The global company says the improvement of Ames Crossing Road in Eagan did not benefit its property. Talks are continuing.
Ecolab, a global corporation with a campus in Eagan, has filed a rare objection to a city street assessment, saying the company doesn't benefit from a new road built next to its campus and shouldn't have to pay for it.
For a 3/4-mile extension of Ames Crossing Road with a storm sewer and water main underneath, Ecolab was charged $110,172 by the city. The company has asked the city to reduce that -- to zero.
"The proposed assessment is for the general benefit of the city of Eagan and others who will use the project and therefore there is no special benefit to the Ecolab property," company attorney Howard Roston said in a letter.
St. Paul-based Ecolab specializes in water, hygiene and energy technologies that cater to hospitals, hotels, restaurants, schools, car washes and laundries. With a combined 40,000 employees in 160 countries, it has $11 billion in sales.
Ecolab spoke with the city last week.
"The city and Ecolab representatives discussed the constructed improvements, the proposed assessment and the objection in further detail and agreed to continue discussions to see if an acceptable resolution can be reached," said Public Works Director Russ Matthys.
"In order to deviate from the levied assessment, a formal appeal to district court is necessary. After the appeal is filed by Ecolab's legal representative, the city and Ecolab representatives will meet again to further discuss a possible resolution."
Ecolab said it intends to go ahead with the court filing, Matthys said.
The city completed the $1 million extension of Ames Crossing Road in northeast Eagan in 2011.
By extending the "commercial industrial collector road" from O'Neill Road to Lone Oak Road, the city's stated goal was to provide access to current and future development as prescribed by the city's northeast-area traffic study.
Ecolab did not see the benefit.
"We disagree with the City of Eagan's proposed assessment due to the location of Ames Crossing Road in relation to our Schuman Campus," said Ecolab spokesman Roman Blahoski.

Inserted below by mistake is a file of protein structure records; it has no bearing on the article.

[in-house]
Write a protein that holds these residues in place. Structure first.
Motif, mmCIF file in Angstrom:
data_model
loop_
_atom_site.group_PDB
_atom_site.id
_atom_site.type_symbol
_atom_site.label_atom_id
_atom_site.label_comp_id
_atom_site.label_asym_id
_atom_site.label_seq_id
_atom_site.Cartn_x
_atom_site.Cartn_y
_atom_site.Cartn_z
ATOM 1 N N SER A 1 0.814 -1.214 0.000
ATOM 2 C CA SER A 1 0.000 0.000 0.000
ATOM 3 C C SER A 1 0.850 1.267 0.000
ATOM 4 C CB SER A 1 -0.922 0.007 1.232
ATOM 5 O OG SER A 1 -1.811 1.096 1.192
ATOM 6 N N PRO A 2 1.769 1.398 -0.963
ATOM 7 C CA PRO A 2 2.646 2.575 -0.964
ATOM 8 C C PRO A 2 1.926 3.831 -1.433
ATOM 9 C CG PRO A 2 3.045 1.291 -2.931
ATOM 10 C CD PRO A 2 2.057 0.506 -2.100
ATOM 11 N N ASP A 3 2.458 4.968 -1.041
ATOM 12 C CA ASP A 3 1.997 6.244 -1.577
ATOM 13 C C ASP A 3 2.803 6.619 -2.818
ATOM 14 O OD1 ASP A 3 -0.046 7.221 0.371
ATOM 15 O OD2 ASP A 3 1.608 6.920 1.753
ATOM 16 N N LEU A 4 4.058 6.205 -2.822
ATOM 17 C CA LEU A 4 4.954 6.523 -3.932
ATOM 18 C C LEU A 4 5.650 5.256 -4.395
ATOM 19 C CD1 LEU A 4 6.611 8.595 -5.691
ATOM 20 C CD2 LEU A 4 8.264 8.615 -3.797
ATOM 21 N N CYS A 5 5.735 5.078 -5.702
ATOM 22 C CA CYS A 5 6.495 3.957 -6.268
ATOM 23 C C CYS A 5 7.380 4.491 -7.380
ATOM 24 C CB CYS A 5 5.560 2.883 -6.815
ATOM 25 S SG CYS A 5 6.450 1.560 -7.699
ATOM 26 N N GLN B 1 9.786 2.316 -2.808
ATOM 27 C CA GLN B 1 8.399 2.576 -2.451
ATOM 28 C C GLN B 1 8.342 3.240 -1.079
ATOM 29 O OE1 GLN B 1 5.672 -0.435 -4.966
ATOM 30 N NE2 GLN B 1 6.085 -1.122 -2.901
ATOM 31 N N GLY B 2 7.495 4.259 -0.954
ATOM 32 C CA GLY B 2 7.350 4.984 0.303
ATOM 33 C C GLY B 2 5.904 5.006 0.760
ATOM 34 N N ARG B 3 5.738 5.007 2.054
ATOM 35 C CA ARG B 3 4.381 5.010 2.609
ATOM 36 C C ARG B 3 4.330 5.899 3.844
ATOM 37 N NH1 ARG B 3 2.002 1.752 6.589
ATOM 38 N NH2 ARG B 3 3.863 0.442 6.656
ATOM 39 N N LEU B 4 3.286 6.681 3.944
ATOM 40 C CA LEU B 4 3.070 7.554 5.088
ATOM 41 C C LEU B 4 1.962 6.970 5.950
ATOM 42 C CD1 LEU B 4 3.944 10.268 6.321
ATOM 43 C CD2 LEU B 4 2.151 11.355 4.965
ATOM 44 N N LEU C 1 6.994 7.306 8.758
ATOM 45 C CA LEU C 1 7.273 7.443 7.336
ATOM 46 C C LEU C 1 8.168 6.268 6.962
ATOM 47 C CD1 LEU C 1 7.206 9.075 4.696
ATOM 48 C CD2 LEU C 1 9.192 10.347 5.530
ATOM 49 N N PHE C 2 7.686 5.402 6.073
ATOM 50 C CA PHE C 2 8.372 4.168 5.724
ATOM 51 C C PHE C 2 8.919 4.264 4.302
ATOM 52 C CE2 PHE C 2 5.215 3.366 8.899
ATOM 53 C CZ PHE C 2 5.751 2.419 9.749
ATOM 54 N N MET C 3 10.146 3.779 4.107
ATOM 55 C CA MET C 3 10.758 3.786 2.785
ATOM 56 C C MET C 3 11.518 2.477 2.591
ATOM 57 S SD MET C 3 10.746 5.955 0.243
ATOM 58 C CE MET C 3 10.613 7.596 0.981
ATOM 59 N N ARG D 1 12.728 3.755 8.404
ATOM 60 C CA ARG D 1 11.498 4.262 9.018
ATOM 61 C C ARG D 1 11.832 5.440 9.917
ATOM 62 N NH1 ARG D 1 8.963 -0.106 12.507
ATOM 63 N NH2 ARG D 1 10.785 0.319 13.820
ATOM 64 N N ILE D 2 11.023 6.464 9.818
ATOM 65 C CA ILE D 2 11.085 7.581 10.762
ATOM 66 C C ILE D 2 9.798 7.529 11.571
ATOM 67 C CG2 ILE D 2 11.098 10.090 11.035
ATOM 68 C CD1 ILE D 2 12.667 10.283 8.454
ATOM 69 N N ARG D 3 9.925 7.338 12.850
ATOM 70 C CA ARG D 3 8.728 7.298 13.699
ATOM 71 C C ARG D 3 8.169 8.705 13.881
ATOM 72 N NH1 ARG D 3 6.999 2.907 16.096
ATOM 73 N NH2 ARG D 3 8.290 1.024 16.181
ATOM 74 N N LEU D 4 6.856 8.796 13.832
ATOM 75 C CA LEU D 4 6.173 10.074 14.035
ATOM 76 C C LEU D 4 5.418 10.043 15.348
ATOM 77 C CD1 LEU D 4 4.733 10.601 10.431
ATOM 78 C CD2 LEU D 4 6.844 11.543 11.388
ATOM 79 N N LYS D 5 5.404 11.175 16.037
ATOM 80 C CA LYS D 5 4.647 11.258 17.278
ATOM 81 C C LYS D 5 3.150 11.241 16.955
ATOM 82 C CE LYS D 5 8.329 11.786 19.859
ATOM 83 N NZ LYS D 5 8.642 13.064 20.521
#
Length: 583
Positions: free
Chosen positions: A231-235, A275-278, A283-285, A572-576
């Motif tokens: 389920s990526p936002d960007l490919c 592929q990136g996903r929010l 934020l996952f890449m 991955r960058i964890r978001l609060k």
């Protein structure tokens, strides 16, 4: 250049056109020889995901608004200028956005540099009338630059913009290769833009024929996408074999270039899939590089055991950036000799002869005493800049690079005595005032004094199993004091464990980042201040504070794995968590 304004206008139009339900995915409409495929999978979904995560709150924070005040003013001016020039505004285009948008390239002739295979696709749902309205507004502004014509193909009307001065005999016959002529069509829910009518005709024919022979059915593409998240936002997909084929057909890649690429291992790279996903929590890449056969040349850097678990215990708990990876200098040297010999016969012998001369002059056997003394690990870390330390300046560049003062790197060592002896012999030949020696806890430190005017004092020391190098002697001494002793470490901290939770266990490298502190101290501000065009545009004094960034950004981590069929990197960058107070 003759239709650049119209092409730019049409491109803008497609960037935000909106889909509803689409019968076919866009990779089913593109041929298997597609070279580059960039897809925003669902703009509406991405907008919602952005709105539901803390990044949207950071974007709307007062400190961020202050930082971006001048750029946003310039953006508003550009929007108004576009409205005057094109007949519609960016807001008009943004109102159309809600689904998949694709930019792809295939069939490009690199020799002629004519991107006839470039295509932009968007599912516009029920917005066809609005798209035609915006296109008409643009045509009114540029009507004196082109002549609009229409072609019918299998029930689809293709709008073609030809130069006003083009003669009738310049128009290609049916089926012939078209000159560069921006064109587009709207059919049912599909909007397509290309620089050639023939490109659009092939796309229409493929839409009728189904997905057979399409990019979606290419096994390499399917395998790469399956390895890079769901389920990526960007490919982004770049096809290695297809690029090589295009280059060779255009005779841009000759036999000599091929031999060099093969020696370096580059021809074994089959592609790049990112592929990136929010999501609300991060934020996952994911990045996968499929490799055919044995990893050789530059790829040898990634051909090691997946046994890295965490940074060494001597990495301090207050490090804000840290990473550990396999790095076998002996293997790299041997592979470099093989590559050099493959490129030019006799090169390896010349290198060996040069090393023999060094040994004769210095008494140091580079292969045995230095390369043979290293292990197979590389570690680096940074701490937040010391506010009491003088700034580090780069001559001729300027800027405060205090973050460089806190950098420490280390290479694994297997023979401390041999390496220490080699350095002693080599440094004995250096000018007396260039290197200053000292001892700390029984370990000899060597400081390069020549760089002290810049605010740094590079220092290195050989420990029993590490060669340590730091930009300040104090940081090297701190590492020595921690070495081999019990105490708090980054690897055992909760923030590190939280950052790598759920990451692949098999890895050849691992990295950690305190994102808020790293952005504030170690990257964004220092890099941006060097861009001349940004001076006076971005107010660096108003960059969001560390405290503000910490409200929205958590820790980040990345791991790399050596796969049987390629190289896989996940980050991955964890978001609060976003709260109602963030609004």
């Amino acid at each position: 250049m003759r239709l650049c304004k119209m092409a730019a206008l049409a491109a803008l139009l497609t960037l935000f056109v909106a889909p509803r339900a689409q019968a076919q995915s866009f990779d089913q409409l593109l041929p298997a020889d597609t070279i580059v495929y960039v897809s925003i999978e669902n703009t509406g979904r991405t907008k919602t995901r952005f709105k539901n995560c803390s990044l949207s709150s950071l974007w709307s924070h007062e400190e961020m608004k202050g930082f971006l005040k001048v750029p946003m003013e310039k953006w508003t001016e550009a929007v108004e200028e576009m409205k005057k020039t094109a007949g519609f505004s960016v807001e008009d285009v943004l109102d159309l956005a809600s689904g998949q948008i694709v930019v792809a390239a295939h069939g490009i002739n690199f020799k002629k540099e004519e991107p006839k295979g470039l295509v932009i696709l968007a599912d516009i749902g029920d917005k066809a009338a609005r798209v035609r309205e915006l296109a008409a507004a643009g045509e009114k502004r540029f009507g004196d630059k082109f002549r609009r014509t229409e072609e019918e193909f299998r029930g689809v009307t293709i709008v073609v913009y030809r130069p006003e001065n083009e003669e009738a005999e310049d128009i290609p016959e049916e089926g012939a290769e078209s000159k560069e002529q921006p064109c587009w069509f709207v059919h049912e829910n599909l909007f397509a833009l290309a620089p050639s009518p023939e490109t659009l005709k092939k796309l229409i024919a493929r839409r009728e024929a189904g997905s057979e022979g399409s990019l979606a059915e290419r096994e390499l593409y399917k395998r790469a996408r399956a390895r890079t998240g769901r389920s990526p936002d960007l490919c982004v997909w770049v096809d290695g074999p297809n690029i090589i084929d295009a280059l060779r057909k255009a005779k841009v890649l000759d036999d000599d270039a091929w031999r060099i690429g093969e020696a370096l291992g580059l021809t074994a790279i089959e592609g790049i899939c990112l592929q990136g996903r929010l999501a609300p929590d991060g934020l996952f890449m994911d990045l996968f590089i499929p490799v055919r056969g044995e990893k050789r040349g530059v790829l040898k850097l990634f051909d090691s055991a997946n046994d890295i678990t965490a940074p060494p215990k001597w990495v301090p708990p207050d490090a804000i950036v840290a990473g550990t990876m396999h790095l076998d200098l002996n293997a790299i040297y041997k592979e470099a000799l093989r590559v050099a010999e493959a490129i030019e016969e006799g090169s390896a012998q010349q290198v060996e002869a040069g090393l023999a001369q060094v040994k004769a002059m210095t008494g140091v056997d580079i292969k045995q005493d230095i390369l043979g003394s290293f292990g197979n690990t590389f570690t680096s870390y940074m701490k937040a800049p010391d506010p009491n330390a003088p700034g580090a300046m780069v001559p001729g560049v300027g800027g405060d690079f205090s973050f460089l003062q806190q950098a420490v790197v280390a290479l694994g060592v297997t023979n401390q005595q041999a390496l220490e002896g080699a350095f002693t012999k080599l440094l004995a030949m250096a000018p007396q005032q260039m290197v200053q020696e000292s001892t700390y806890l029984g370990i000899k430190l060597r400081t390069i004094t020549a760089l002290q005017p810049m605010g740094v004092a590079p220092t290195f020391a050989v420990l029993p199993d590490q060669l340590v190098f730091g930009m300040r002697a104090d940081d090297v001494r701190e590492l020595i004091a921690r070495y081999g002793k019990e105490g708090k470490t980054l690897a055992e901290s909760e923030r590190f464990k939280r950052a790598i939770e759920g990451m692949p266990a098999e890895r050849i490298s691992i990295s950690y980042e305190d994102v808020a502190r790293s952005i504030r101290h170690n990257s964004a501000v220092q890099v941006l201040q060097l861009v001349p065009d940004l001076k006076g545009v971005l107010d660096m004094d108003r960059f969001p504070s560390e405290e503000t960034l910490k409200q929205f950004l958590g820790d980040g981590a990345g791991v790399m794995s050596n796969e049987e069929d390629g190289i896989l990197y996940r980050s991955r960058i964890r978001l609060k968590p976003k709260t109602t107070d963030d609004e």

"Ames Crossing Road is not used by Ecolab or by our employees and visitors who drive onto our campus."
City engineer John Gorder said the road improvement, which runs past Boulder Lakes Business Park, passes directly adjacent to Ecolab's property. He said that future development there would benefit from the improvements.
Attorney Roston lodged 10 objections to the assessment, including that the proposed assessments "constitute an unconstitutional taking of Ecolab property without just compensation" and that they "exceed any purported increase in value to Ecolab property."
"The assessment formula used is not legal," the objections continue. "Other properties that should have been assessed were not assessed," and "the proposed assessments violate relevant provisions of the Eagan city codes," as well as "other Minnesota law and statutes."
It's rare for an assessment to be challenged, but not unheard of, said City Attorney Michael Dougherty. "We have defended a number of them over the years."
Ecolab has 30 days from Sept. 19, when its letter was presented to the City Council, to decide whether to pursue the matter in court, Dougherty said.
If the issue goes to court, the focus of the case will be on whether the improvements had increased the value of Ecolab's property in an amount equal to the assessment, Dougherty said.
Laurie Blake • 952-746-3287